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Uganda@60: When Museveni was a student at Ntare, he planned to blow up a prison

According deceased politician and scholar Prof Dani Wadada Nabudere, president Yoweri Museveni was already a John Rambo-kind of figure even when he was in high school at Ntare, ready to blow up a prison and free political prisoners from jail.

Yoweri Museveni

Nabudere was a key figure in Ugandan politics in the 1960s and late 1970s, following the ouster of former President Idi Amin.

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He is better remembered as a member of the famous Gang of Four, the power brokers in the post-Amin era, alongside Edward Rugumayo, the late Omwony Ojwok, and Yash Tandon.

His passing on reignited debate and reflection on his private, political and professional life. On November 23, 2006, he shared his experiences of being in a Ugandan jail, while talking about President Yoweri Museveni and Milton Obote.

Nabudere had to endure imprisonment for political reasons.

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"But being in prison was very hard. We were allowed visitors once a month, only relatives. My wife visited me regularly from Mbale municipality where I am told Museveni used to come and stay during holidays. She told me that once, Museveni came when she was [about to come] to see me.

Museveni told my wife that “when you are in prison, please observe these prison officers, what kind of guns they have and in which position they stand.”

My wife asked him: “Why do you want to know these things?”

He said: “I want to know because one day, I want to blow up the prison and release Nabudere.” My wife laughed but of course it was too complicated for her to know those guns. She did not give him any useful information.

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We were good friends [with Museveni]. We had met much earlier through youth meetings. He was at the time a student in Ntare. I think he was working towards joining the university in Dar es Salaam.

I saw him but I never got to understand his politics until much later when I met him in Dar es Salaam. Museveni was quite a patriot. My only problem with him is this tendency towards militarism; he thinks too much in terms of the military. As a result, his democratic credentials become very doubtful. He thinks it’s the gun which is very important, forgetting that it’s the people.”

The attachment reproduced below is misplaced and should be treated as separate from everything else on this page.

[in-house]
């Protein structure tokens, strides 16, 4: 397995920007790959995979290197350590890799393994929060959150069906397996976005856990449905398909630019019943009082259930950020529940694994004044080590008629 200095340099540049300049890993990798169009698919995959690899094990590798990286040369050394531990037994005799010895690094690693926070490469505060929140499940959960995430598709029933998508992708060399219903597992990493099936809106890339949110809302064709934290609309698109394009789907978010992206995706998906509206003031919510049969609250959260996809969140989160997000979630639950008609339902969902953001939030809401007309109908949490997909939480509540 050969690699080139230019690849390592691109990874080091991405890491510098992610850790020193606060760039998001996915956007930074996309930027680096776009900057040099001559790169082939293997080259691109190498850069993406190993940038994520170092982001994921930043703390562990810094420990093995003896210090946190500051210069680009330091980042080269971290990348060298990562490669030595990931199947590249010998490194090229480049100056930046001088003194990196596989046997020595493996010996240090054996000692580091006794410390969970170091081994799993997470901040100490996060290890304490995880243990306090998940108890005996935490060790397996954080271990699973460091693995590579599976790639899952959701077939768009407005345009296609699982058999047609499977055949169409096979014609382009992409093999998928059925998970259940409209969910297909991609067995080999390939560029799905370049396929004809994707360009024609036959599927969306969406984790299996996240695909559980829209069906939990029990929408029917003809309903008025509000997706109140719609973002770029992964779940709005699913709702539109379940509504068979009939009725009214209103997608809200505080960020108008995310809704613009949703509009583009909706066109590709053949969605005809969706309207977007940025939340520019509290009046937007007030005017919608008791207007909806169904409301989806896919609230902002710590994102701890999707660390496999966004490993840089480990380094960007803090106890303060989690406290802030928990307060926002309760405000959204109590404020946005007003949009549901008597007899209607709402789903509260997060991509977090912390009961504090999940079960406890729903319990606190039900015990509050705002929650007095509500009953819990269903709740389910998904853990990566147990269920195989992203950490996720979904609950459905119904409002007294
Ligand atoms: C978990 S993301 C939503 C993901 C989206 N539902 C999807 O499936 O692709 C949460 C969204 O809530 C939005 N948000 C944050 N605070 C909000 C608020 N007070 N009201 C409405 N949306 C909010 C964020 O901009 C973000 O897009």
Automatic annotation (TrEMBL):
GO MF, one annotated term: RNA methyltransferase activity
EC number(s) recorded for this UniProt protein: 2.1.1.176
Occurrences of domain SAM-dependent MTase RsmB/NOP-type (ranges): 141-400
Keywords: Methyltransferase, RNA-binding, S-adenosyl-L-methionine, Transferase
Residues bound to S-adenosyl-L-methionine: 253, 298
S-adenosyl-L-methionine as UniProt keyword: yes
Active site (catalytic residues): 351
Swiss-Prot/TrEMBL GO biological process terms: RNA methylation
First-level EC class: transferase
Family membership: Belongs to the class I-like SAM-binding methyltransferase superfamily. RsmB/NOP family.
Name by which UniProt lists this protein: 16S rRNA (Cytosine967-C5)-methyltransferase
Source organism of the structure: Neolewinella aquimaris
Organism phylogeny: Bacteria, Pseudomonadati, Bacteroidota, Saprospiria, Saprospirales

"When I resigned from the East African Railways in protest at the Amin killings, I went into exile in Tanzania in 1974. I met Milton Obote at his Musasani House in Dar es Salaam [where he took refuge after the first coup]. I took him a letter written by his supporters, like Yona Kanyomozi, Akena p’Ojok, appealing to him to work with me.

The first thing he said when he saw me was: “Oh, Nabudere, how are you? I understand that you were detained, I did not know anything about your detention.”

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I remember Miria Obote was seated behind him in a high chair, and that woman is very brave, she disagreed with her husband in my presence. She used the following words, “Nonsense, Milton, nonsense; you knew very well when Nabudere was imprisoned.”

Obote smiled.

"He did not blame other people like our man today, President Museveni, who blames his ministers for his failings. Obote did not do that, he blamed himself. He said Amin came to power because he was more or less the one who created conditions for him to come to power but he did not admit that Amin was popular and that he was welcomed by the Baganda.

I told him: “You are mistaken, the people of Buganda and the people of Uganda generally welcomed your removal, celebrated and rejoiced in the streets.”

He said: “No, no that’s not true, that is propaganda. You know he was also a stubborn fellow."

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Nabudere, a former Minister of Culture, Community Development, and Rehabilitation of Uganda, died on November 9, 2011.

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